IMG_2242Good start to the day with the first truly dry and sunny cycle commute. It’s still freezing cold but it makes such a difference having the sun shining through the trees. The icy temperatures mean I am rosy-cheeked and wide awake when I get into the office. The first thing I do is turn on the coffee machine and look forward to that first cup – really feeling as if I’ve earned it.
I clearly remember the first time I tasted coffee. It was during a day sledging at Gott’s Park near Leeds. I was soaking wet, tired out and probably freezing cold but having too much fun to stop for long. Mum got out a hot flask of coffee – probably milky and with sugar – and I was so relieved to taste something warm that I enjoyed it. I was probably about 10. Back then in Yorkshire, all coffee was instant. Nescafe usually, or Nescafe Gold if you were posh.

At the age of 18 I decided to drink coffee black with no sugar. In my French A-Level exam we had to translate a passage describing a man enjoying a strong black coffee and a fresh orange sitting on his doorstep in the early morning sun. It may have been something by Camus. It sounded cool and exotic to me so I decided there and then to do the same. Teenagers, eh? Later that year I spent the summer working on a kid’s camp in California – and there I became addicted to black filter coffee. I was always tired but a shower and a coffee kick-started my day.

When I first arrived in Germany, I worked for a small company in Bavaria. I was amazed and delighted to see that they had a Saeco fully automatic coffee machine. Nowadays these are commonplace – even in England – but this was 1991 and I’d never seen one before. Typical Germany, I thought. When they do something it has to be really good, not just OK. Probably slightly over-engineered, more than you’d like to pay but you’re glad you did afterwards.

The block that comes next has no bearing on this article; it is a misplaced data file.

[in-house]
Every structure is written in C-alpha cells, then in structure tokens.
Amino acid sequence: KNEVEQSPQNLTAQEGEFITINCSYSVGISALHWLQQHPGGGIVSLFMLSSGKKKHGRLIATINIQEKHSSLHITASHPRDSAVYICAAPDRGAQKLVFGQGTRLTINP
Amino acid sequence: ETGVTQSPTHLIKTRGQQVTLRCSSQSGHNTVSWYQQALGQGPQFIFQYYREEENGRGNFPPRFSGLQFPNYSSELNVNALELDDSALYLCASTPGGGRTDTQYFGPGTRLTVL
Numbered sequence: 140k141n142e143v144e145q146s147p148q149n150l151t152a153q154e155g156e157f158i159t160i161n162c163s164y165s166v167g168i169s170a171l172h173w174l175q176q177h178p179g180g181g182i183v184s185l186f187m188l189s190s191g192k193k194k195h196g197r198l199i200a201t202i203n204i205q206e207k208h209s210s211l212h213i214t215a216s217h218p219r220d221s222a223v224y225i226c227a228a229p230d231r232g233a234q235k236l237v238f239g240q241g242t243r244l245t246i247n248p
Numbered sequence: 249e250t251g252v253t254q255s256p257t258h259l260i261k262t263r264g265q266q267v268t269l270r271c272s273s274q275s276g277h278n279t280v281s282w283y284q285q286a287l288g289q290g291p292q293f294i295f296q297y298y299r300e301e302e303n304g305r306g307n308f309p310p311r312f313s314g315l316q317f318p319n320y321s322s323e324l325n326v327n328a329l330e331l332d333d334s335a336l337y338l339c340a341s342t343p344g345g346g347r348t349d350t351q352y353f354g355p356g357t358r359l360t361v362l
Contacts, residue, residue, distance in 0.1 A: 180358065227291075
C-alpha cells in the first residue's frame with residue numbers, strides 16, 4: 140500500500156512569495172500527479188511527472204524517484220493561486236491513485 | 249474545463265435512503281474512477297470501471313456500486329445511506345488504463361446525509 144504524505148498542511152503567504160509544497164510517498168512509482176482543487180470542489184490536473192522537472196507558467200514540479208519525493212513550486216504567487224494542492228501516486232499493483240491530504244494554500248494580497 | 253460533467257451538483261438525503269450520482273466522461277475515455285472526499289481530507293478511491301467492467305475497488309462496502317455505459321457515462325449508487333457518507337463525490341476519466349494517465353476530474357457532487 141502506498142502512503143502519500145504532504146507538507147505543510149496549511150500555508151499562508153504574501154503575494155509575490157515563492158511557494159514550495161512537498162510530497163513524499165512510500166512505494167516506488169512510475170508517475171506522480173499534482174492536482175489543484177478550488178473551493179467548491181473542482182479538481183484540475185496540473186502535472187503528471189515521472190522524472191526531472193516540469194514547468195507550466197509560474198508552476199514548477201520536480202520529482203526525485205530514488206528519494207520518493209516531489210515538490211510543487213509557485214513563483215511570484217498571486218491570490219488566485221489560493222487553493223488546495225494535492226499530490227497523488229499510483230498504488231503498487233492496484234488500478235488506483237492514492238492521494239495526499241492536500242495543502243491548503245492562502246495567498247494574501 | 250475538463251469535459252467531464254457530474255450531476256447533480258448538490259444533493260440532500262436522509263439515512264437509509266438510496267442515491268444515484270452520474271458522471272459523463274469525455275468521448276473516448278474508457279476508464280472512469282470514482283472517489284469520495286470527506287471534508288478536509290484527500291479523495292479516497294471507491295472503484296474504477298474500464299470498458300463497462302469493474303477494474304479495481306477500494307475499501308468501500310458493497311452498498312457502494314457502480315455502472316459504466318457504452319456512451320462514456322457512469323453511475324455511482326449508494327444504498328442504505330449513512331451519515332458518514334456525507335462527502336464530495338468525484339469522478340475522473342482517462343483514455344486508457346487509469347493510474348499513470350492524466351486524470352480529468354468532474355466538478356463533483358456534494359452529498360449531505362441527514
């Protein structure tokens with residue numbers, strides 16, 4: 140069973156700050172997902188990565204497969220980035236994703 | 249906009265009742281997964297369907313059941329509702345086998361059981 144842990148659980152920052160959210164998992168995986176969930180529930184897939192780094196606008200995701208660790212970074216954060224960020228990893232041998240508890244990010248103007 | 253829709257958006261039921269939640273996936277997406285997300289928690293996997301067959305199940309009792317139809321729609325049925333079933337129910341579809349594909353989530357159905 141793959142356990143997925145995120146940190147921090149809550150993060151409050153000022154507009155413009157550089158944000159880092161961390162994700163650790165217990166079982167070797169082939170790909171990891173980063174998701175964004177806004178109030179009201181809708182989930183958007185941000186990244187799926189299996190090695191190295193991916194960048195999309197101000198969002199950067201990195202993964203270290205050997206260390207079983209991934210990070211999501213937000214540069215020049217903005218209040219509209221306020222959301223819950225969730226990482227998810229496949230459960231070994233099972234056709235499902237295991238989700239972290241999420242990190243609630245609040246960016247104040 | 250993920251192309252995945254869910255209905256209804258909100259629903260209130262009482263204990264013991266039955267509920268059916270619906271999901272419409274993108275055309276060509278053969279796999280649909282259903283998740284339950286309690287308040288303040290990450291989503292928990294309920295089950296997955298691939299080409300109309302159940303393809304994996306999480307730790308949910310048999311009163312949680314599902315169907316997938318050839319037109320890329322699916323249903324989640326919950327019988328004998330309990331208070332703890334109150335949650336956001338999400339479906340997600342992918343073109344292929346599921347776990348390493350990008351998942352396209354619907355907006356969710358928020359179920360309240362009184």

Germans like coffee. Instant coffee doesn’t really exist, at the very least you’ll get filter coffee. On Sundays, families will traditionally get together at about 4pm to have “Kaffee und Kuchen” – coffee and cake. The shops are still closed here on Sundays, with the exception of some bakers in the morning and the cake shops in the afternoon (Konditerei). Often the cake shops are cafes at the same time. If you go to the cafes on a Sunday you will see a steady stream of people buying slices of sticky cake (the Black Forest is on our doorstep) which are placed on a paper try and then carefully wrapped in branded paper. They then head off back home to enjoy their Sunday afternoon with friends or relatives. It’s the sort of minor event where new boyfriends get introduced to the parents. Not too long and if everyone hates each other you can still talk about how lovely the cake is.

The influx of American pseudo-coffee chains has not been as strong as back in England. There are still plenty of real cafes here. Probably the best cup of coffee in Böblingen is to be found at the “Cafe Frechdax”. Unfortunately the name translates as Cheeky Badger Cafe – and British readers will know that Badgers are being culled at the moment. It’s probably only a matter of time before Starbucks take over. I hope not.

Things have come a long way since I saw my first coffee machine in 1991. Now nearly everyone we know (mostly families) seem to have a “Kaffeeautomat” at home. Some have now switched to Nespresso so we can get loads of different flavours (mostl of which taste exactly the same). Filter coffee is the preserve of older folks or students who can’t be bothered with the extravagance. I don’t really mind as long as I can call it Kaffee and not an Americano.

Bis morgen.




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